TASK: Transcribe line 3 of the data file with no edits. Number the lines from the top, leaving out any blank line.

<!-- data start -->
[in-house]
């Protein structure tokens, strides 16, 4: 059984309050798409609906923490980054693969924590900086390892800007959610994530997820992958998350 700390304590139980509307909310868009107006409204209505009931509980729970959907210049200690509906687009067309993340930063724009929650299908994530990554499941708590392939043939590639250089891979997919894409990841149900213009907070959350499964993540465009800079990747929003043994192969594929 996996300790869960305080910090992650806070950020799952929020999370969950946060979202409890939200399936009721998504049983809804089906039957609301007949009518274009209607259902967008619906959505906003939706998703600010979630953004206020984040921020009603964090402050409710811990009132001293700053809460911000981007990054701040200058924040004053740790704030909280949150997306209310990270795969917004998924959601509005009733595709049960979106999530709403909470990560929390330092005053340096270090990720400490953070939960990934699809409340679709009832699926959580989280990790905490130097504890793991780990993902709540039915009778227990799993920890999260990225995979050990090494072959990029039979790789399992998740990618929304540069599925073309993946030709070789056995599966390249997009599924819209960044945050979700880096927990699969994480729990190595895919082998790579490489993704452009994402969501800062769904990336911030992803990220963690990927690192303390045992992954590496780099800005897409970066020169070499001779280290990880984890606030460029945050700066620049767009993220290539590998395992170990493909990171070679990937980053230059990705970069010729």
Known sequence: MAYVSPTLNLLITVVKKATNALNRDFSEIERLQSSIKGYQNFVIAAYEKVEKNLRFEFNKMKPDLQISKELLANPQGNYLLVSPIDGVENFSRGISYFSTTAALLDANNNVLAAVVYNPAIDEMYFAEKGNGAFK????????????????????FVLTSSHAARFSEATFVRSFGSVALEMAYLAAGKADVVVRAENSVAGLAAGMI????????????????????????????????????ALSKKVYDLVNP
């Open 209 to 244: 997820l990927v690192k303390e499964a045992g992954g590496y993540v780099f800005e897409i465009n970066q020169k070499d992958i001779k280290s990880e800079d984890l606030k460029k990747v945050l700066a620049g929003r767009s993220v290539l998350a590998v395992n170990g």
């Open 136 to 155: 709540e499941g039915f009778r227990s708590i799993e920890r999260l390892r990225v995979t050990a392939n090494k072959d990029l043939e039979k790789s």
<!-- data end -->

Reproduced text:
Known sequence: MAYVSPTLNLLITVVKKATNALNRDFSEIERLQSSIKGYQNFVIAAYEKVEKNLRFEFNKMKPDLQISKELLANPQGNYLLVSPIDGVENFSRGISYFSTTAALLDANNNVLAAVVYNPAIDEMYFAEKGNGAFK????????????????????FVLTSSHAARFSEATFVRSFGSVALEMAYLAAGKADVVVRAENSVAGLAAGMI????????????????????????????????????ALSKKVYDLVNP